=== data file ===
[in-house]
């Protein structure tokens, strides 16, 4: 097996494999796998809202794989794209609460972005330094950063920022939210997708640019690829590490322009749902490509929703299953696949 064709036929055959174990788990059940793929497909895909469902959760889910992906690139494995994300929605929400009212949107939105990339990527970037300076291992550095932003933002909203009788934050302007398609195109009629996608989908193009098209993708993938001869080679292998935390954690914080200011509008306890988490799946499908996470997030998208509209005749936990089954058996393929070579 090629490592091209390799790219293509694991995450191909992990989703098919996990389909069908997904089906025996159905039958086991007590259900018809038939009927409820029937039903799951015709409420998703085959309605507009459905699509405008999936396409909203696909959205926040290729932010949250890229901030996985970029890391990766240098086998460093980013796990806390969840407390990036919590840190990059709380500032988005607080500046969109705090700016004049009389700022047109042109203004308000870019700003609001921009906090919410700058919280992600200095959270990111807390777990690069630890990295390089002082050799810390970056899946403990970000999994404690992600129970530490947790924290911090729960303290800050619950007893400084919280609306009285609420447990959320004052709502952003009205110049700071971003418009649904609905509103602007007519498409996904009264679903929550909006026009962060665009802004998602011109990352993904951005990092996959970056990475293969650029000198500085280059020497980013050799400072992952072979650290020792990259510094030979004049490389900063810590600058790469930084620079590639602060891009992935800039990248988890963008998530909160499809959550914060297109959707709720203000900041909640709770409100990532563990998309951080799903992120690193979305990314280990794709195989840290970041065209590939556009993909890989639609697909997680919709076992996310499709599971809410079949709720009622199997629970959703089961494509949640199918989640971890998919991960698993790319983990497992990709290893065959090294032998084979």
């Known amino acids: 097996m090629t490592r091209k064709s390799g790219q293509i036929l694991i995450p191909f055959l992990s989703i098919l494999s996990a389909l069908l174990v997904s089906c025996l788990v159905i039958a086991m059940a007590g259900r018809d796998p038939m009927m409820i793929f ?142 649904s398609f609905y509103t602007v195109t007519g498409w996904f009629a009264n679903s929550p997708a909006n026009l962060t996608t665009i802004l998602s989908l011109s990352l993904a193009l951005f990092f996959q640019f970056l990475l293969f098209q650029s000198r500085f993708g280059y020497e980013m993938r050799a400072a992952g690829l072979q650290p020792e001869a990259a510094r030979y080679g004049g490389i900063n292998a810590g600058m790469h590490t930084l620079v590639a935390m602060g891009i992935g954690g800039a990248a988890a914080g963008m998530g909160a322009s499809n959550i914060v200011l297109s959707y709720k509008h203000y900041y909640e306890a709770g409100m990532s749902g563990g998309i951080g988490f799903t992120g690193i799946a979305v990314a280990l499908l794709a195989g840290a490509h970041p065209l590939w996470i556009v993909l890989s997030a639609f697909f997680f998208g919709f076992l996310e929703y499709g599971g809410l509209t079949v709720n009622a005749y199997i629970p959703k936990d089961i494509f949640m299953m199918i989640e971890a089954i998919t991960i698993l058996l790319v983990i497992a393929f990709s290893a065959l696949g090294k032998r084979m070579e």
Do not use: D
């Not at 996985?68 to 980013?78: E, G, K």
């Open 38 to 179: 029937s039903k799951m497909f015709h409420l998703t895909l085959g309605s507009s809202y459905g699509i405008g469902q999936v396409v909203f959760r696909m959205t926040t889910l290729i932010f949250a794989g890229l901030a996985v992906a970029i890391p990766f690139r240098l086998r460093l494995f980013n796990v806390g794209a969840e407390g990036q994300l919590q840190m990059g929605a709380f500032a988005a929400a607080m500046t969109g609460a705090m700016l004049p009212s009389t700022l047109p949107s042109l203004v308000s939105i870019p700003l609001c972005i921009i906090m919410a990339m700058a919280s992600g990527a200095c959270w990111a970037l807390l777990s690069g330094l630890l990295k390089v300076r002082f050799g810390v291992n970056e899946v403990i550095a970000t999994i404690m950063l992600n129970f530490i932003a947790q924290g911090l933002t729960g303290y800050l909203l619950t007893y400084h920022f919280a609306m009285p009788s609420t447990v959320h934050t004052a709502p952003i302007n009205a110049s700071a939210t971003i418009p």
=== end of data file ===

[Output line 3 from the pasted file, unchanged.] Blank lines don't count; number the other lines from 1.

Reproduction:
């Known amino acids: 097996m090629t490592r091209k064709s390799g790219q293509i036929l694991i995450p191909f055959l992990s989703i098919l494999s996990a389909l069908l174990v997904s089906c025996l788990v159905i039958a086991m059940a007590g259900r018809d796998p038939m009927m409820i793929f ?142 649904s398609f609905y509103t602007v195109t007519g498409w996904f009629a009264n679903s929550p997708a909006n026009l962060t996608t665009i802004l998602s989908l011109s990352l993904a193009l951005f990092f996959q640019f970056l990475l293969f098209q650029s000198r500085f993708g280059y020497e980013m993938r050799a400072a992952g690829l072979q650290p020792e001869a990259a510094r030979y080679g004049g490389i900063n292998a810590g600058m790469h590490t930084l620079v590639a935390m602060g891009i992935g954690g800039a990248a988890a914080g963008m998530g909160a322009s499809n959550i914060v200011l297109s959707y709720k509008h203000y900041y909640e306890a709770g409100m990532s749902g563990g998309i951080g988490f799903t992120g690193i799946a979305v990314a280990l499908l794709a195989g840290a490509h970041p065209l590939w996470i556009v993909l890989s997030a639609f697909f997680f998208g919709f076992l996310e929703y499709g599971g809410l509209t079949v709720n009622a005749y199997i629970p959703k936990d089961i494509f949640m299953m199918i989640e971890a089954i998919t991960i698993l058996l790319v983990i497992a393929f990709s290893a065959l696949g090294k032998r084979m070579e």